In a previous Pew survey on classroom technology, he noted some teachers said they were hesitant to assign homework that required going online because they worried their students might not be able to access it. Just 18 percent of teachers surveyed said all or almost all of their students had access to the technology they needed at home, the 2013 survey found.
Two key programs could help the FCC broaden Internet access, particularly in low-income households. One is the expansion of a Reagan-era program called Lifeline – which provide discounts on phone service to low-income households – to include broadband Internet service. The FCC also oversees the E-Rate program, which provides broadband Internet to schools and libraries; it began focusing on expanding Wi-Fi networks in 2014.
The Lifeline program, which was expanded in 2005 to include wireless phone services under the administration of former President George W. Bush, has proved somewhat controversial in recent years, with some Republican lawmakers introducing bills to stop Congress from funding it.
The new bill has also received broad support from educators, with representatives from the American Federation of Teachers, the National Education Association, the American Library Association and several superintendents’ groups also pledging their support in a letter to Congress.
But while universal broadband access seems to be a noble goal, bringing technology fully into the classroom, particularly in districts that serve large numbers of low-income students, has not been free of controversy.
Professor Carlson points to a much-discussed effort to provide an iPad for every student in the Los Angeles Unified School District. It would have cost $1.3 billion, but was cancelled this year amid claims of improper bidding on contracts, inconsistent Internet access and eventually little use of education software provided by industry giant Pearson.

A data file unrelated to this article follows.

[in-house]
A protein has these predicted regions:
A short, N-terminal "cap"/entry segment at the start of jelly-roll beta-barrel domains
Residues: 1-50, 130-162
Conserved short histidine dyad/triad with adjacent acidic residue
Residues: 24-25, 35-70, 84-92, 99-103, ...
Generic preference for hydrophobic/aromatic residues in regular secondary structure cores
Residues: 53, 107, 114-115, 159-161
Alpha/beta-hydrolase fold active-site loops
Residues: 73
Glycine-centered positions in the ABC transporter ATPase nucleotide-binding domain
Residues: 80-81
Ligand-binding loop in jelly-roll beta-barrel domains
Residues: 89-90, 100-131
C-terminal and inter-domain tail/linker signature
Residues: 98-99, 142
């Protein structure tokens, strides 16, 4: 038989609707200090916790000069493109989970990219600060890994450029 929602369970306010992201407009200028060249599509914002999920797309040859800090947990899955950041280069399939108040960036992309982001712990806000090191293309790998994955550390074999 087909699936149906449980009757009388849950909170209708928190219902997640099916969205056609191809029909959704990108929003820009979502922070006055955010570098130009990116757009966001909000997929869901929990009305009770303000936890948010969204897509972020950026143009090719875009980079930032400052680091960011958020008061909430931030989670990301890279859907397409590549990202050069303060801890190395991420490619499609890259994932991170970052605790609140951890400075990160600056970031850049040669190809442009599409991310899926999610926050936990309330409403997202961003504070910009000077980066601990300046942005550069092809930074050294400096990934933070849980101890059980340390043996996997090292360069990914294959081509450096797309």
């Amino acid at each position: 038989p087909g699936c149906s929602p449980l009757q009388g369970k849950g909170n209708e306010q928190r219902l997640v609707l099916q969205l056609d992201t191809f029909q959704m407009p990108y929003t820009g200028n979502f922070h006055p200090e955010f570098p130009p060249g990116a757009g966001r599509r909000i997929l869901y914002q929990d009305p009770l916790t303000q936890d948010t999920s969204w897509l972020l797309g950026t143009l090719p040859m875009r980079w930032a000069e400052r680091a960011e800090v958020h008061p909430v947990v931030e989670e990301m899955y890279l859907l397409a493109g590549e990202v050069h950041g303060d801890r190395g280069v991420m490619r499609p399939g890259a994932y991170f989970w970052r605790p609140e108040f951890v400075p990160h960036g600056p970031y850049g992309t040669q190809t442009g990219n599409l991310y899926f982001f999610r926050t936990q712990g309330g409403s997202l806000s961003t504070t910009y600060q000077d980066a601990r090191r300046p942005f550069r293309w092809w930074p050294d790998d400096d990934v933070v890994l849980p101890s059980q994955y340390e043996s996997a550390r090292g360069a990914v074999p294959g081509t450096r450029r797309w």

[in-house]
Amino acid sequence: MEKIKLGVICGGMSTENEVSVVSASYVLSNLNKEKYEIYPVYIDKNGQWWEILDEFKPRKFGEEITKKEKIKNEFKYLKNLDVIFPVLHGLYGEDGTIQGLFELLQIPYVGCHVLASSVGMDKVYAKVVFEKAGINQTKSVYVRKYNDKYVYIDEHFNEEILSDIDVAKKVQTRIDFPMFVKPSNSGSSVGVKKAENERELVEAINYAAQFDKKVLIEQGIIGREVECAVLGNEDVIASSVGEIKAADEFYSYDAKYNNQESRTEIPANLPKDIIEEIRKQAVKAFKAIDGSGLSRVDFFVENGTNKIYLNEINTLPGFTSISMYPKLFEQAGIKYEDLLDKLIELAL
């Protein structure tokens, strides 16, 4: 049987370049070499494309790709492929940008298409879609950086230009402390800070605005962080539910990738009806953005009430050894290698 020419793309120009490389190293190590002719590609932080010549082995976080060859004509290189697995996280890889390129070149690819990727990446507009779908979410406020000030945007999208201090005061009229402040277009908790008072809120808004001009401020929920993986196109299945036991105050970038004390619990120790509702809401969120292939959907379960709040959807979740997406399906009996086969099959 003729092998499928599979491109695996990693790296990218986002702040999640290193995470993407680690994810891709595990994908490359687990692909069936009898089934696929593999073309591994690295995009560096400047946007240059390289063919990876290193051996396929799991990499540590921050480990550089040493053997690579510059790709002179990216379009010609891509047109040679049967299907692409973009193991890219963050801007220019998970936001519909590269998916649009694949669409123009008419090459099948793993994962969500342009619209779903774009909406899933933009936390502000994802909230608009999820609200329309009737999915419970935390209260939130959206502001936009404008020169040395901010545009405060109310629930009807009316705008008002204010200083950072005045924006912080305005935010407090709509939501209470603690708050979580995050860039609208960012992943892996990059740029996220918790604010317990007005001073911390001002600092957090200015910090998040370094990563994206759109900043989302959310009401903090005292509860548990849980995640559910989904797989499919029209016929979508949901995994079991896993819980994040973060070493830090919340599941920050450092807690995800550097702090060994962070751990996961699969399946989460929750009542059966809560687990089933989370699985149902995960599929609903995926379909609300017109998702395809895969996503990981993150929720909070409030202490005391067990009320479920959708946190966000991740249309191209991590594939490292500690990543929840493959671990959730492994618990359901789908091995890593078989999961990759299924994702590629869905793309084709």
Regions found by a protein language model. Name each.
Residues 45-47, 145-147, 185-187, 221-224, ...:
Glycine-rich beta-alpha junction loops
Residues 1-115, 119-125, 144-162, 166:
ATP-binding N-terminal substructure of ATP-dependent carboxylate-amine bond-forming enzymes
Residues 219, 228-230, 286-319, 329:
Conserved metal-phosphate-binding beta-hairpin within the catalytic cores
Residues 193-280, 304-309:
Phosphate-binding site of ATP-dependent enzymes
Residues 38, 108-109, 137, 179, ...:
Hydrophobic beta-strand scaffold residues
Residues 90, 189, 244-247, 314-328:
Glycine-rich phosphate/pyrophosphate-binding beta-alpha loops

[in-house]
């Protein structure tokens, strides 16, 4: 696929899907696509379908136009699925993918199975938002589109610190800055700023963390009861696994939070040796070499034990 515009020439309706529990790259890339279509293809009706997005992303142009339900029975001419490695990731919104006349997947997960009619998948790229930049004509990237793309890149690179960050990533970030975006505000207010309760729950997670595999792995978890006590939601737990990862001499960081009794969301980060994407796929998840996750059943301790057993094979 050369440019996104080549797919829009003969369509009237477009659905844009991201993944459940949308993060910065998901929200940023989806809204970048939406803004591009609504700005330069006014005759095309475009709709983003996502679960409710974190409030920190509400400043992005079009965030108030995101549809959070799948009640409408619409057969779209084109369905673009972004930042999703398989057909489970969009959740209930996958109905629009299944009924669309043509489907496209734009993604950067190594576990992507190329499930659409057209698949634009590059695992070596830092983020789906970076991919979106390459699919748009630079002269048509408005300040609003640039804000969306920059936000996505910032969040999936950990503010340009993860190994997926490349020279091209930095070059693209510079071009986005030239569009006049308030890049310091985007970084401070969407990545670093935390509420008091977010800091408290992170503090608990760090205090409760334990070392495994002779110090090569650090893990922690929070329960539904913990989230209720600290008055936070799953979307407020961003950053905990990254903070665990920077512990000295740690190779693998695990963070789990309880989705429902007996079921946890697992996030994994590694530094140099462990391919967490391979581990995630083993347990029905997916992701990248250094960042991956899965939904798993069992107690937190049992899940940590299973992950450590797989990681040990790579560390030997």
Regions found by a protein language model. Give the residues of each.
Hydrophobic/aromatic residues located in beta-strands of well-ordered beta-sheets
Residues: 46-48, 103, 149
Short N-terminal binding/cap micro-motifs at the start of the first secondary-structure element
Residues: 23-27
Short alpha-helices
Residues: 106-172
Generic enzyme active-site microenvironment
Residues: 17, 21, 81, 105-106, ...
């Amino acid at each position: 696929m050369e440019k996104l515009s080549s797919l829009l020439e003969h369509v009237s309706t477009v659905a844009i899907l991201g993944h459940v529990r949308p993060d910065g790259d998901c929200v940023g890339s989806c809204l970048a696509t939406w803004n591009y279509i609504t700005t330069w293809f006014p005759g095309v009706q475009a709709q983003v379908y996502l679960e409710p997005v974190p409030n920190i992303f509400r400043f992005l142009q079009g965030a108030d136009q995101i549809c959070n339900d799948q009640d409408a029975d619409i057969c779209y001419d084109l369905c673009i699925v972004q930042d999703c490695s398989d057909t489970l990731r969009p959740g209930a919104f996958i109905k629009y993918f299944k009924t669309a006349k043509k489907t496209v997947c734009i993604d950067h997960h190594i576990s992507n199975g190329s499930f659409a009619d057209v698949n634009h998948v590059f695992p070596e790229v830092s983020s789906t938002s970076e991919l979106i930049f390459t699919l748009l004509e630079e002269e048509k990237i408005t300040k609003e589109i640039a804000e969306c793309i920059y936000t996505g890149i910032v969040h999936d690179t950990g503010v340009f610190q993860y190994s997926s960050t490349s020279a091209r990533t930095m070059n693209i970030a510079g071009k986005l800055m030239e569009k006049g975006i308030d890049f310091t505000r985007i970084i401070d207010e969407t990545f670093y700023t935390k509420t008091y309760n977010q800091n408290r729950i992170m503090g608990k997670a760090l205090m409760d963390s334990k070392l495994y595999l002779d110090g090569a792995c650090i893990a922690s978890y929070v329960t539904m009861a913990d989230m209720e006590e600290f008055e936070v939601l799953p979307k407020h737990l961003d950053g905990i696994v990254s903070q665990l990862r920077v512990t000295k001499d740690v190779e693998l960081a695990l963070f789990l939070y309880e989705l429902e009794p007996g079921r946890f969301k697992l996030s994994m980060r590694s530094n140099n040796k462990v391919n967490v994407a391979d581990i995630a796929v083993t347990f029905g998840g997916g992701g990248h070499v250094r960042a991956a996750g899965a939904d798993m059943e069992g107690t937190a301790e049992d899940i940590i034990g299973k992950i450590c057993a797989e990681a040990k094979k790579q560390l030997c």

For school districts concerned about how their students are adopting to schoolwork that increasingly embraces the use of technology, working more closely with families is a key consideration, some researchers say.
“While conversations about digital equity inevitably focus on students and their schools, homes are key sites for children's learning,” wrote Vikki S. Katz, Michael H. Levine and Carmen Gonzalez, who are affiliated with the Joan Ganz Cooney Center, a research lab founded by the non-profit that produces “Sesame Street,” in a recent commentary in Education Week.
They say teachers and administrators should focus on building close relationships with families of low-income and minority students, who were the focus of their research.
But Carlson says on the federal level, the Obama administration’s focus on universal Internet access in schools, through executive actions and partnerships with tech companies like the ConnectED initiative, is a step in right direction. Beyond universal Internet, how to best fit technology into the classroom will continue to be an ongoing challenge, he says.
“I think we’re at a phase [where] schools are taking different approaches, but I’m not sure that anyone’s really figured out what works.”